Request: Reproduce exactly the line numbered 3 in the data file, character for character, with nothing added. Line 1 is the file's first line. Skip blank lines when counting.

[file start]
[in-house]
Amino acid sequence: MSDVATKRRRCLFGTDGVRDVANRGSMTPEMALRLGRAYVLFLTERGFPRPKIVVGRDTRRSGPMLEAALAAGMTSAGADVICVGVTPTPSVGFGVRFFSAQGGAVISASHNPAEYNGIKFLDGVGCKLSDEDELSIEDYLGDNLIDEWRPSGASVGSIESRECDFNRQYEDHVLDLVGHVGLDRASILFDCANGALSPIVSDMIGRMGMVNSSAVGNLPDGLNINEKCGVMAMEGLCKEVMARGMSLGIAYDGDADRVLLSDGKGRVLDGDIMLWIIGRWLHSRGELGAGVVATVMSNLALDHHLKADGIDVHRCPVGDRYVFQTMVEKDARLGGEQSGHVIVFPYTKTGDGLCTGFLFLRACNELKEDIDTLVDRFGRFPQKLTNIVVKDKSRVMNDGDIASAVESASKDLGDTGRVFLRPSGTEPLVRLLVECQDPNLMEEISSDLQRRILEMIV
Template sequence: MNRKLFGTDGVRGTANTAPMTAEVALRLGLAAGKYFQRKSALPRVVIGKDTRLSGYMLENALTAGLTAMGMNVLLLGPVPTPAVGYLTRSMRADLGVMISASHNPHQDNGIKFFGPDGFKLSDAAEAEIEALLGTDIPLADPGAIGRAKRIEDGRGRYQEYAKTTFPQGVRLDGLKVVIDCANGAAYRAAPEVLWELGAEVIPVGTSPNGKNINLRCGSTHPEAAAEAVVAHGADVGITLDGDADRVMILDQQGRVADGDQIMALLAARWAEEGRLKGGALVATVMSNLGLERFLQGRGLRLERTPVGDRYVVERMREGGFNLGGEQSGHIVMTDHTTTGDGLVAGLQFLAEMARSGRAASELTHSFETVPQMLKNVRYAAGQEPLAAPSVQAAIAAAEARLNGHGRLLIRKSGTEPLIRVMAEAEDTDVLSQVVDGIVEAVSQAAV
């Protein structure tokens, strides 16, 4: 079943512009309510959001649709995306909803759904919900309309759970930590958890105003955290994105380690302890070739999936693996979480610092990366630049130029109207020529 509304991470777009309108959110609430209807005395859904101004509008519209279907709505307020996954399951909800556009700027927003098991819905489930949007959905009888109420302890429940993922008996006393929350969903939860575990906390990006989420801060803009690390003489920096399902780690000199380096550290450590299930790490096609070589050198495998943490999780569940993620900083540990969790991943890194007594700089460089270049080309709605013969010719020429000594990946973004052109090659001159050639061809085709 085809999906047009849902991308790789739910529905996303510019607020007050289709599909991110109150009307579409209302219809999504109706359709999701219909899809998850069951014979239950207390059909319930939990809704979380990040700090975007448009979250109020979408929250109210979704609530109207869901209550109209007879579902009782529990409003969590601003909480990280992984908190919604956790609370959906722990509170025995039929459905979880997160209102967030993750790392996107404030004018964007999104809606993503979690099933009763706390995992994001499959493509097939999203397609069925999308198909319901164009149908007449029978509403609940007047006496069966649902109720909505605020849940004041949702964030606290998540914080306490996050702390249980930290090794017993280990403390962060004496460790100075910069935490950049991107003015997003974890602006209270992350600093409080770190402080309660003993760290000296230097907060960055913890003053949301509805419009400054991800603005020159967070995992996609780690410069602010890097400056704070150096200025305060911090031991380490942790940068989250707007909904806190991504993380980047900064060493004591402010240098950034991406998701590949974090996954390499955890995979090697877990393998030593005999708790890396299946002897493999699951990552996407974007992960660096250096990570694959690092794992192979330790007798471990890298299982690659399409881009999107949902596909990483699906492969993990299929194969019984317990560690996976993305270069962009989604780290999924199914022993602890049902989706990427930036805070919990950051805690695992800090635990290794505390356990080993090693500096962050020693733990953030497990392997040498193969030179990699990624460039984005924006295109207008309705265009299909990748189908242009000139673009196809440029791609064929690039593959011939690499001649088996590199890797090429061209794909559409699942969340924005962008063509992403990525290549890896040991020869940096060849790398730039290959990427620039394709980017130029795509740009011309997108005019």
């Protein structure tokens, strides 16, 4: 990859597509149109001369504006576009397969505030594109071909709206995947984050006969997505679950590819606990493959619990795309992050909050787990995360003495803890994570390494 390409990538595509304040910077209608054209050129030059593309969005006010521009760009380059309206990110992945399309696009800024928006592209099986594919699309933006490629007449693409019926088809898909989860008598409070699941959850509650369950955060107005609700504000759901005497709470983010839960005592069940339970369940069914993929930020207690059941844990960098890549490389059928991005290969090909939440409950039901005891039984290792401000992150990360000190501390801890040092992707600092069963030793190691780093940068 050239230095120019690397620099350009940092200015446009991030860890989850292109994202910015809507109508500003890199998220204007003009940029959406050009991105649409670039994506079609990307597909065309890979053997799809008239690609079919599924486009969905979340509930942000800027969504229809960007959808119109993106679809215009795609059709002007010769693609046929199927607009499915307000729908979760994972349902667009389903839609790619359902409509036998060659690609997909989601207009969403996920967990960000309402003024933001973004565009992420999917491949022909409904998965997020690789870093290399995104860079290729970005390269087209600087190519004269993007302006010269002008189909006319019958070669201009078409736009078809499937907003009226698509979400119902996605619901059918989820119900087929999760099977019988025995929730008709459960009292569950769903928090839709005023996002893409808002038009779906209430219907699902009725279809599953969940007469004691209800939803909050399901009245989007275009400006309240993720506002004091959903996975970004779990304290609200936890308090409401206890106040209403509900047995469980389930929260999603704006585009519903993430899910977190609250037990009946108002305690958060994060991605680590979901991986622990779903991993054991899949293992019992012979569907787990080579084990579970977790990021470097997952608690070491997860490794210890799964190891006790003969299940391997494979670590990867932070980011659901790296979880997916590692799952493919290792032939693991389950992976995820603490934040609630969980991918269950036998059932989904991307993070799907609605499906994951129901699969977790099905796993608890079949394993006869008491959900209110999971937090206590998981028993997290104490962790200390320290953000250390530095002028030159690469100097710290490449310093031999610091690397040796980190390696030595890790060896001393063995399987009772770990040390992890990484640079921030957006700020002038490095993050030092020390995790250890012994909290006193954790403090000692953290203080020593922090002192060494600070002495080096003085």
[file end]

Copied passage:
Template sequence: MNRKLFGTDGVRGTANTAPMTAEVALRLGLAAGKYFQRKSALPRVVIGKDTRLSGYMLENALTAGLTAMGMNVLLLGPVPTPAVGYLTRSMRADLGVMISASHNPHQDNGIKFFGPDGFKLSDAAEAEIEALLGTDIPLADPGAIGRAKRIEDGRGRYQEYAKTTFPQGVRLDGLKVVIDCANGAAYRAAPEVLWELGAEVIPVGTSPNGKNINLRCGSTHPEAAAEAVVAHGADVGITLDGDADRVMILDQQGRVADGDQIMALLAARWAEEGRLKGGALVATVMSNLGLERFLQGRGLRLERTPVGDRYVVERMREGGFNLGGEQSGHIVMTDHTTTGDGLVAGLQFLAEMARSGRAASELTHSFETVPQMLKNVRYAAGQEPLAAPSVQAAIAAAEARLNGHGRLLIRKSGTEPLIRVMAEAEDTDVLSQVVDGIVEAVSQAAV